Smartphone automatic reading of the CrAg lateral flow assay using an AI algorithm can provide quantitative results

Bermejo-Peláez, D., Medina, N., Capellán-Martín, D., Álamo, E., et al. (2021). Smartphone automatic reading of the CrAg lateral flow assay using an AI algorithm can provide quantitative results. Paper presented at the 31st European Congress of Clinical Microbiology & Infectious Diseases (ECCMID) 2021


The cryptococcal antigen lateral flow assay (CrAg, IMMY, Norman, OK) is a point of care test (POCT) with sensitivity close to 100% and 95% specificity. WHO has recommended CrAg screening in patients with advanced HIV disease. It is used worldwide due to its unique characteristics (fast, sensitive, easy to do, and inexpensive) being considered one of the best techniques in microbiology. In addition, higher CrAg titers are strongly associated with meningitis and death. We describe the use of a mobile app and an artificial intelligence algorithm to quantify the visual signal, which relates to antigen concentration from a qualitative CrAg POCT.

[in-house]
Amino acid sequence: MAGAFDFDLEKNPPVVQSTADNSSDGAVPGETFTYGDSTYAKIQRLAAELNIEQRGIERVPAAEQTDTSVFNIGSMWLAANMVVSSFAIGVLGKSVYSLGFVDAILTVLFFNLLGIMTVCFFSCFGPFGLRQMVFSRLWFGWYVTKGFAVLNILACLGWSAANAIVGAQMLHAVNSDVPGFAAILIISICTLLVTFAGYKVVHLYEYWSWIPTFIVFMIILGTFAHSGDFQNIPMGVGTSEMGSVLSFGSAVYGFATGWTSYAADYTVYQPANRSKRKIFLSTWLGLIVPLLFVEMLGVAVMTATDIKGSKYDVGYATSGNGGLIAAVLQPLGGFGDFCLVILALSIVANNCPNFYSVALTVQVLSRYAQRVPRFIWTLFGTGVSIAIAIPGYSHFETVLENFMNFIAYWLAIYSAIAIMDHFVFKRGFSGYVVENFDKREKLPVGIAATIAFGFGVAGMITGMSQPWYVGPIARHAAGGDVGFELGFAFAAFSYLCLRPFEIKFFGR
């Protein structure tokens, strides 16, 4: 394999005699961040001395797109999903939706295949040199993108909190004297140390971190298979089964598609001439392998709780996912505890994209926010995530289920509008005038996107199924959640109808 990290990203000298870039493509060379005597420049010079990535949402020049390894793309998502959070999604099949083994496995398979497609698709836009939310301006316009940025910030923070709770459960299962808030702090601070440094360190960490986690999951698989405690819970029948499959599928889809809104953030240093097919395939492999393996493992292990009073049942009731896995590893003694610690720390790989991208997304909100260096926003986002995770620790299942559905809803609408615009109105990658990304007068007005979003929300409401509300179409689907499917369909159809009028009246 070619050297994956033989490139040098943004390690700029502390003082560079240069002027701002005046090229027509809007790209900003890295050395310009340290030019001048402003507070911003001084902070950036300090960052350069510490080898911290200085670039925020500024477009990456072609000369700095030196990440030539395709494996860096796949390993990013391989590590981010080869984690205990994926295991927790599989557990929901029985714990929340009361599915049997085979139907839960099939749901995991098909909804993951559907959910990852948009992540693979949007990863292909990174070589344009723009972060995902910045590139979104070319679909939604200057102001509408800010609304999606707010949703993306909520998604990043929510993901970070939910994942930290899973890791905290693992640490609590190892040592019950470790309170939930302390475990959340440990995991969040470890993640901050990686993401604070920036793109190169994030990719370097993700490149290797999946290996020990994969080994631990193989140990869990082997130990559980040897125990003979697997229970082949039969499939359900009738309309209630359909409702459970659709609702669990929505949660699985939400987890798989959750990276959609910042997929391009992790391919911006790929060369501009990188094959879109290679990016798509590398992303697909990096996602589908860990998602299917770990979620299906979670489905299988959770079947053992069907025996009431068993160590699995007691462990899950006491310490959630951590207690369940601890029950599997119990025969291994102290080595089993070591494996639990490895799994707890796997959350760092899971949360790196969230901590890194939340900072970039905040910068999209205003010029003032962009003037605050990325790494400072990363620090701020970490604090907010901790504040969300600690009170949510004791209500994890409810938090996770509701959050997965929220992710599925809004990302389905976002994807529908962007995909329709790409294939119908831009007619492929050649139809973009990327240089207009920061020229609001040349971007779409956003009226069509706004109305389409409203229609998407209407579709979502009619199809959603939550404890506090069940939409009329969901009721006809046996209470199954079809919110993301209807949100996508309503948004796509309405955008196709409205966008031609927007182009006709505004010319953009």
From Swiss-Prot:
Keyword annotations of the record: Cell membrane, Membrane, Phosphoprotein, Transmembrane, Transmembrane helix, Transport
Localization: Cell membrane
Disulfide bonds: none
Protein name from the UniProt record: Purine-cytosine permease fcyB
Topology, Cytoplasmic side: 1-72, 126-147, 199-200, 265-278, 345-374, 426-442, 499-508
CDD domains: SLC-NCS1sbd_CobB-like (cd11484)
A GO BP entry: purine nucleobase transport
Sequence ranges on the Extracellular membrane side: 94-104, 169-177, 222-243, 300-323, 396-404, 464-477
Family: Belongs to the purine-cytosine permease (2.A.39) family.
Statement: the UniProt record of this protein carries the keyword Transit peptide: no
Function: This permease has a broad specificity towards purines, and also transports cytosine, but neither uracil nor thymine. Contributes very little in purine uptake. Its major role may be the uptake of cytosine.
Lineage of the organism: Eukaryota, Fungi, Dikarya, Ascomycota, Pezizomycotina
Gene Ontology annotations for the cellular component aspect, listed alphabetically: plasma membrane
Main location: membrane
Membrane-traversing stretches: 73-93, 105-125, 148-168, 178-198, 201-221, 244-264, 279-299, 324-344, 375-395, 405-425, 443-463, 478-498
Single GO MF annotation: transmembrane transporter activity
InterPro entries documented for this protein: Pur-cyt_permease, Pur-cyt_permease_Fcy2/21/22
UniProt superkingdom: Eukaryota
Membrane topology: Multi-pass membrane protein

Thirty-six Cryptococcus antigen concentrations were tested in duplicate with the CrAg POCT. The concentrations range from 500 to 0.25 ng/ml. They were prepared from the positive control (provided by the kit) and diluted with reference human sera (Merck, Sigma-Aldrich, Madrid, Spain). Each test was digitalized using TiraSpot mobile app (Spotlab, Madrid, Spain) using three different smartphone models, leading to 514 acquired images. An AI algorithm to read CrAg POCT was developed. Each image was processed by identifying control and test lines and quantifying their intensities. In order to obtain a robust quantitative measurement, background intensity was corrected, and normalized intensity (ratio between test and control line) was calculated.


A logistic regression model (4PL) was used to relate the normalized intensity of the test line obtained by the algorithm, to concentration of the analyte. We found a good correlation with a R-squared of 0.985 (Fig1). The dynamic range was found to be from 4 to 100 ng/ml. No significant differences between smartphones were appreciated (Fig2).


The AI-based readout system was able to quantify the signal obtained showing good correlation with the concentrations tested. Differences between smartphones used were no significant. This approach has several advantages as reduces the reading variability, data can be stored safely in in the cloud for large scale epidemiologic studies, but more notably it provides a quantitative result that could be potentially used to define likelihood to develop cryptococal meningitis, directing to CSF testing, adjusted antifungal treatment and consequently improving patient survival.

Relation between LFA signal and concentration.